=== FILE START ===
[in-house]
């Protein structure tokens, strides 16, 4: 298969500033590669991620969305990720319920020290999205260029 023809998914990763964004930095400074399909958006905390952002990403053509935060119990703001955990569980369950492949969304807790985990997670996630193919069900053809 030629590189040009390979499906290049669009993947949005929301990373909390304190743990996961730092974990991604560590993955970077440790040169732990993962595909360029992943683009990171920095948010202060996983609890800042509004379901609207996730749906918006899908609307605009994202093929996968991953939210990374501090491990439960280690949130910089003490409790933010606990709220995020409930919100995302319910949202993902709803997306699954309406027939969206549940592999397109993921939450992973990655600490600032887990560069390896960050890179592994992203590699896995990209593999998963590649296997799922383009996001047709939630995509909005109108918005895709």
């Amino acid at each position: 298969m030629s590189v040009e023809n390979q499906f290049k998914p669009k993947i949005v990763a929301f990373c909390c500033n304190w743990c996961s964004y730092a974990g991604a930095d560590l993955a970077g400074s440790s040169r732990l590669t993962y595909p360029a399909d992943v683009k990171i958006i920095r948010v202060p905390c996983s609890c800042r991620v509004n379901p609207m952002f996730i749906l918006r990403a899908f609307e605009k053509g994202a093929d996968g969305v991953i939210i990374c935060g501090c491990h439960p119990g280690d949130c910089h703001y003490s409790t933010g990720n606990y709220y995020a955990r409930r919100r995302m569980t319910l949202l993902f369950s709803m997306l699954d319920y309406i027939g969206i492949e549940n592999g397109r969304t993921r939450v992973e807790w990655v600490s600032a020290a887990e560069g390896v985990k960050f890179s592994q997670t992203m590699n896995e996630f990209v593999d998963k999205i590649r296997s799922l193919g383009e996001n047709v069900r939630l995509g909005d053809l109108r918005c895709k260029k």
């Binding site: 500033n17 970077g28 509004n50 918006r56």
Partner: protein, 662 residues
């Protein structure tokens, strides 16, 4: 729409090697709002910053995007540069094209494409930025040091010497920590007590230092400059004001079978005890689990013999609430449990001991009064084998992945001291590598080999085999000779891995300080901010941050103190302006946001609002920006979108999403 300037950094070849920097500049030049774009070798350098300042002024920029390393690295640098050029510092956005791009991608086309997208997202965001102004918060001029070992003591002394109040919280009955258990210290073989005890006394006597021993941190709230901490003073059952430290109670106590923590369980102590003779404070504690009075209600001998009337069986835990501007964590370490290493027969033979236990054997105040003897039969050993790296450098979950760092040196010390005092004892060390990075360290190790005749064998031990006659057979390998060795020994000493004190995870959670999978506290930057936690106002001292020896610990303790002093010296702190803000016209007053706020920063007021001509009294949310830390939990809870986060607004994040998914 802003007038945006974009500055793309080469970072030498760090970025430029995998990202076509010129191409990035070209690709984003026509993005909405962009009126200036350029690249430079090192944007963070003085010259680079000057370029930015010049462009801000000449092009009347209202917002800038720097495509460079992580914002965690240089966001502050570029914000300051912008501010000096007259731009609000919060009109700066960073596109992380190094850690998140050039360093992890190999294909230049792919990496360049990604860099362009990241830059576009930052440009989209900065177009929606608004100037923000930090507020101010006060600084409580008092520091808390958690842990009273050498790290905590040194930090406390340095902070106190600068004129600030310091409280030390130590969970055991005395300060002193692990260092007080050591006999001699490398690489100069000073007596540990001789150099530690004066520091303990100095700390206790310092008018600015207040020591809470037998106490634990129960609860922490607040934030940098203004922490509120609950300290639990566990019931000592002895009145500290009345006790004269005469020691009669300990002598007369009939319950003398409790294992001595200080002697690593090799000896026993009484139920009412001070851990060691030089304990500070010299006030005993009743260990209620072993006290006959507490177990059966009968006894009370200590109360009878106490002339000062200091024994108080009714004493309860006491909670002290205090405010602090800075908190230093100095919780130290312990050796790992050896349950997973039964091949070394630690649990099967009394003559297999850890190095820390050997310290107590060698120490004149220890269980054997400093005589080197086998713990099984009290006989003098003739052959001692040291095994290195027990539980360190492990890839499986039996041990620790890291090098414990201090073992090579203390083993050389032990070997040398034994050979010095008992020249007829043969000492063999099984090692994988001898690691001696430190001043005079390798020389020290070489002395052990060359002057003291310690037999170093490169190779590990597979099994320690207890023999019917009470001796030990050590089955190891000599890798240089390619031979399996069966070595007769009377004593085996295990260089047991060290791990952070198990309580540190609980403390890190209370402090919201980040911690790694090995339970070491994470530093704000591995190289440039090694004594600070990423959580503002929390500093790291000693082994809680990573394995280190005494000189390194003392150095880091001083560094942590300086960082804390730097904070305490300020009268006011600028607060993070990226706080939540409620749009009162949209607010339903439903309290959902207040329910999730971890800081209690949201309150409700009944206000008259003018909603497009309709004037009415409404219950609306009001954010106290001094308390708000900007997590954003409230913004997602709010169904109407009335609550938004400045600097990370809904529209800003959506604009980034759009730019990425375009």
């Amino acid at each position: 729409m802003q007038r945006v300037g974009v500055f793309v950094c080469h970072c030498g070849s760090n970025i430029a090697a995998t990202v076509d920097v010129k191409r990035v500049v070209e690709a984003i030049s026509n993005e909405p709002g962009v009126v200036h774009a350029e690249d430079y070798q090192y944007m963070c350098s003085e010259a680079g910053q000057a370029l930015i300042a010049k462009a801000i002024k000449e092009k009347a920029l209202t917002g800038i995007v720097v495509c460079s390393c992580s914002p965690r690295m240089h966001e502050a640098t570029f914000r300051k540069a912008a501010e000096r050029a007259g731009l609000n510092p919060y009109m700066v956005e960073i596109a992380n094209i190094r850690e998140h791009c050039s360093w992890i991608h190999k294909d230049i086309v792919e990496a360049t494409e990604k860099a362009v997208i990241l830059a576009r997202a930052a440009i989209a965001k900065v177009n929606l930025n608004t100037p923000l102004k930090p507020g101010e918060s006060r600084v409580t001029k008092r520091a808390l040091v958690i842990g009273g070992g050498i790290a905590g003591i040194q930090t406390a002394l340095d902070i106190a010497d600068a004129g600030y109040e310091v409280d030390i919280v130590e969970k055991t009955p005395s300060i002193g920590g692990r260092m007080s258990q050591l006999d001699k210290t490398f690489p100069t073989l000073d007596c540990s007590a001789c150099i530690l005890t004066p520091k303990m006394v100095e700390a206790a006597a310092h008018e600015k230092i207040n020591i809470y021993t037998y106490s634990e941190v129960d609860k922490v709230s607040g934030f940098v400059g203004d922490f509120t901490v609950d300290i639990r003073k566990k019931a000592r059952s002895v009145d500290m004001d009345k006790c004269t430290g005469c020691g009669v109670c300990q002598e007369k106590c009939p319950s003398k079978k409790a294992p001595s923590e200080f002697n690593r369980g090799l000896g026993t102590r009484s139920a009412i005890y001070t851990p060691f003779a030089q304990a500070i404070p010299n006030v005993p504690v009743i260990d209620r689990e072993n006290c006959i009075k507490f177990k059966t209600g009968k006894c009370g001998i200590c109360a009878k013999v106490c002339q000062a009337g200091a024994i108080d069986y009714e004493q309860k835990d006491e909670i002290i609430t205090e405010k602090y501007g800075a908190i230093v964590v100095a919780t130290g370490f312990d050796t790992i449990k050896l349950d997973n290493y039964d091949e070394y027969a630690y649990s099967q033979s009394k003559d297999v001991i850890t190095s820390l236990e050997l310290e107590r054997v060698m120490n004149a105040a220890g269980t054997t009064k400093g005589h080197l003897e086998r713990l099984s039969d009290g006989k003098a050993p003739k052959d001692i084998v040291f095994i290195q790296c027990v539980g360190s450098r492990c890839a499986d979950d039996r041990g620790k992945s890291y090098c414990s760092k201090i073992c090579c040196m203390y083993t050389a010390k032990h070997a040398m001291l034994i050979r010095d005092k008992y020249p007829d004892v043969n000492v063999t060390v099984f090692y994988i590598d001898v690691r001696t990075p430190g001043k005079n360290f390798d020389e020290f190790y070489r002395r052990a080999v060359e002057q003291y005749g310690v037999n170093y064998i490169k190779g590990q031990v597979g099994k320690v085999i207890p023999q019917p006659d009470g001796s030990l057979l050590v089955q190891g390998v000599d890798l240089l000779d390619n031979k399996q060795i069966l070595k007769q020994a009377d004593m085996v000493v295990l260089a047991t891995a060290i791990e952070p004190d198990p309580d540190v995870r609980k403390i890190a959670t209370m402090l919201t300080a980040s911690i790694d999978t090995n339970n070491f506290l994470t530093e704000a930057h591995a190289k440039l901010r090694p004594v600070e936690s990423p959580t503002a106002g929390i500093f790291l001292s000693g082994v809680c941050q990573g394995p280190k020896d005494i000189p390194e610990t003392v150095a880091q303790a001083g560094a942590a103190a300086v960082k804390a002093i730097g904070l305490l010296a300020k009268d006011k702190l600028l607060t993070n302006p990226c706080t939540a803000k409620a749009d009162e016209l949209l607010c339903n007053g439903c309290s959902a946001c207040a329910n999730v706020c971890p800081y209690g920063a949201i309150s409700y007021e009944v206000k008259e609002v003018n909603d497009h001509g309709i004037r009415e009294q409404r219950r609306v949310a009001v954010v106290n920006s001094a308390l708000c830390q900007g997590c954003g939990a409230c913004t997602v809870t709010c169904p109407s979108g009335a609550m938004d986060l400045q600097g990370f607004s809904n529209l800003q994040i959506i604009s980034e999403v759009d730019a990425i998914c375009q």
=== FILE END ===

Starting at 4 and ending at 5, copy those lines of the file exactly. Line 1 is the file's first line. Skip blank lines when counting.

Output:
């Binding site: 500033n17 970077g28 509004n50 918006r56």
Partner: protein, 662 residues